A pilot binational study of health behaviors and immigration.
Hennessy-Burt-TE; Stoecklin-Marois-MT; Meneses-González-F; Schenker-MB
J Immigr Minor Health 2011 Dec; 13(6):1142-1149
In the US, Mexican immigrant women often have better health outcomes than non-Hispanic white women despite a greater health risk profile. This cross-sectional pilot study compared women living in Chavinda, Michoacán (n = 102) to women who had migrated from Mexico to Madera, California (n = 93). The interview gathered information on acculturation and risk behaviors including smoking, alcohol use and number of sexual partners. The results suggest that more acculturated women living in the US are more likely to consume alcohol. US residence and higher acculturation level was marginally associated with having more than one sexual partner. There were no differences between odds of smoking among Chavinda and Madera women. While results with acculturation are not consistently significant due to small sample sizes, the results are suggestive that acculturation among immigrant Hispanic women in the US may be associated with adverse health behaviors, and selective migration seems less likely to account for these differences.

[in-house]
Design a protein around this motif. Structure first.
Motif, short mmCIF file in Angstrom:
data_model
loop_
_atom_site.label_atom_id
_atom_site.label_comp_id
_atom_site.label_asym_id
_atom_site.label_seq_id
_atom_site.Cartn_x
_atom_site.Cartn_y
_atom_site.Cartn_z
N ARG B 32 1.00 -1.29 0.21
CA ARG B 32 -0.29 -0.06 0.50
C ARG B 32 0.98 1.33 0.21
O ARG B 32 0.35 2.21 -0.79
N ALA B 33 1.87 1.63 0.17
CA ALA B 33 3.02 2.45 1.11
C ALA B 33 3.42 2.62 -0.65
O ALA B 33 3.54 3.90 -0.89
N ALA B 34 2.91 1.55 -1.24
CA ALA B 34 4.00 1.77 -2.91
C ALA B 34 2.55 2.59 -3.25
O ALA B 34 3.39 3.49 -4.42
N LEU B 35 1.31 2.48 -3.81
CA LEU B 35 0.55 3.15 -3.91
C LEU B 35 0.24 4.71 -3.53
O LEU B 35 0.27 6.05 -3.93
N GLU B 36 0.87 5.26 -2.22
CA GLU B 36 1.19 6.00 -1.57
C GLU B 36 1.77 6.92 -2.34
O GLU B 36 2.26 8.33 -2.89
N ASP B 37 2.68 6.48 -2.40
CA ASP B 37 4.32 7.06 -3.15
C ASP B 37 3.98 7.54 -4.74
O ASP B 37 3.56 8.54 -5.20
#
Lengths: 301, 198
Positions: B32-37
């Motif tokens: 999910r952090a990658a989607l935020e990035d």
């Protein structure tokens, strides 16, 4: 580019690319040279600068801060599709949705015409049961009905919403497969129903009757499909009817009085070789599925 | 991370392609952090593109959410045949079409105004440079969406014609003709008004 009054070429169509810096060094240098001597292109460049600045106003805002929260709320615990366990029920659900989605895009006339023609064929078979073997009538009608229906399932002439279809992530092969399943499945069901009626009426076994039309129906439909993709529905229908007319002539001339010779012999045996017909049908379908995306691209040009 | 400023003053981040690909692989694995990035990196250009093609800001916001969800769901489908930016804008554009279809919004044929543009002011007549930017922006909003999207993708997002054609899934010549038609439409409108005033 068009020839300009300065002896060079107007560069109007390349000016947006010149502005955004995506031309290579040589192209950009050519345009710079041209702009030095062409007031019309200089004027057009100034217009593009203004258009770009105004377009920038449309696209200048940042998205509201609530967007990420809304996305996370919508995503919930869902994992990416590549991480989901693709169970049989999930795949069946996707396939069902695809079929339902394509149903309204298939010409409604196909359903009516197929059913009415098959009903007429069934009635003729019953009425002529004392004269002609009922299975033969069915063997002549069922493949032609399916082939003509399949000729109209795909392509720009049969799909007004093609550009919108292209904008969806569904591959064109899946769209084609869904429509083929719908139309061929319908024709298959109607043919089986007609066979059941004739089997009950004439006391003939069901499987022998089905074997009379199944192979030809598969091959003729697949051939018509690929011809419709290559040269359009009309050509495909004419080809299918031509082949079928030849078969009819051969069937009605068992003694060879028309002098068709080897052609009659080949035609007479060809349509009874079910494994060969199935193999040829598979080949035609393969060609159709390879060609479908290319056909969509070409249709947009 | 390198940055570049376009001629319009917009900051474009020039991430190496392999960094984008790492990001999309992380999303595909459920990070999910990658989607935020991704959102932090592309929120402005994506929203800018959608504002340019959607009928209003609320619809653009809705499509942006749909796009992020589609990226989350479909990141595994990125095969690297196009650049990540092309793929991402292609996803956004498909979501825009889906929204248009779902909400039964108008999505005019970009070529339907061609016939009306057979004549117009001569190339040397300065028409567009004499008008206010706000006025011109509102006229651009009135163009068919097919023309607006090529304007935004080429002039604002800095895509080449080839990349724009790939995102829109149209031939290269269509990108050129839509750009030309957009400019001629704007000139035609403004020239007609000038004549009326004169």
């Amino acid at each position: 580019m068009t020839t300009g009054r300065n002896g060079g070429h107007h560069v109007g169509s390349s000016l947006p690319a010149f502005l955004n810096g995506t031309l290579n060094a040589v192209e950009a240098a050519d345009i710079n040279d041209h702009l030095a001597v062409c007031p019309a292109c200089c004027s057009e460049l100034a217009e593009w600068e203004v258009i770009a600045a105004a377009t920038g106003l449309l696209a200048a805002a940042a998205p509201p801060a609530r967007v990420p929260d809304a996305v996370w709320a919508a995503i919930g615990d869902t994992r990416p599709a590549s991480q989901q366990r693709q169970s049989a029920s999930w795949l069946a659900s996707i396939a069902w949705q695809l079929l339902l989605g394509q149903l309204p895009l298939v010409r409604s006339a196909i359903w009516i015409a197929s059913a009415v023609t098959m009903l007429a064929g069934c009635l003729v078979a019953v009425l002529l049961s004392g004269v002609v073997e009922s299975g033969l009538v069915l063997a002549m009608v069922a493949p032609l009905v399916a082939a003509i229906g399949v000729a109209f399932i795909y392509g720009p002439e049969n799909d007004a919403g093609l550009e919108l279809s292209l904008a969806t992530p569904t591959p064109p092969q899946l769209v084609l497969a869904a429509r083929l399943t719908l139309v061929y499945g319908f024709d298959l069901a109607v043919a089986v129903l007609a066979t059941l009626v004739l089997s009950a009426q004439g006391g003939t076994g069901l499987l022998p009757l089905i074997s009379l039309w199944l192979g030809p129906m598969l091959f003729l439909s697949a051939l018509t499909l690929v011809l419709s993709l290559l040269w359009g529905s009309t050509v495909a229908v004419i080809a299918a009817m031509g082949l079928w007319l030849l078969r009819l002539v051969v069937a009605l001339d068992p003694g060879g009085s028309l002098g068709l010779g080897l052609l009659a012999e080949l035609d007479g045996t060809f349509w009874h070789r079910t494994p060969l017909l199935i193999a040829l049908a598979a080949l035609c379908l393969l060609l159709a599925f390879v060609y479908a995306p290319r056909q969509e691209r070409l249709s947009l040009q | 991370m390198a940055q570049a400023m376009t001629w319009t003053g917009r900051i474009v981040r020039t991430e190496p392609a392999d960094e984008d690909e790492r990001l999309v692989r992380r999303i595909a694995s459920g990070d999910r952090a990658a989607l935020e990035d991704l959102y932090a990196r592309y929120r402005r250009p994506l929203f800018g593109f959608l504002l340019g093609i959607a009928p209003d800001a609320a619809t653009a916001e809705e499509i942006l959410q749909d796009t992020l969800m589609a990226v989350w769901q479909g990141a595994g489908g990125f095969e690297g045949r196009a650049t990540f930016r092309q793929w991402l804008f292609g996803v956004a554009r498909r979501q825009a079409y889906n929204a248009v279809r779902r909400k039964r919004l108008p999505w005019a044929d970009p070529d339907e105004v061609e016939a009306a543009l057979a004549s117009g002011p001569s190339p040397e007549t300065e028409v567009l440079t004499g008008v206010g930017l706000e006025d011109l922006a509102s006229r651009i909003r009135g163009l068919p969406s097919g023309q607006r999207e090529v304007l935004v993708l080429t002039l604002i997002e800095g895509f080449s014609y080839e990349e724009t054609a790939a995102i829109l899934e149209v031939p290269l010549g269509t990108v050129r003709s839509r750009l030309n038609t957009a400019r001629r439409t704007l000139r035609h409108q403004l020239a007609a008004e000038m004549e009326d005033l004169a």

Sociological-factors; Humans; Women; Behavior; Behavior-patterns; Risk-factors; Statistical-analysis; Smoking; Sex-factors;
Author Keywords: Acculturation; Immigration; Hispanic; Health behaviors; Binational
T. E. Hennessy-Burt, Department of Public Health Sciences, Center for Health and the Environment, University of California, Davis, Bldg. 3792 Rm. 129, Old Davis Road, Davis, CA 95616
Cooperative Agreement; Agriculture
Agriculture, Forestry and Fishing
Journal of Immigrant and Minority Health
University of California - Davis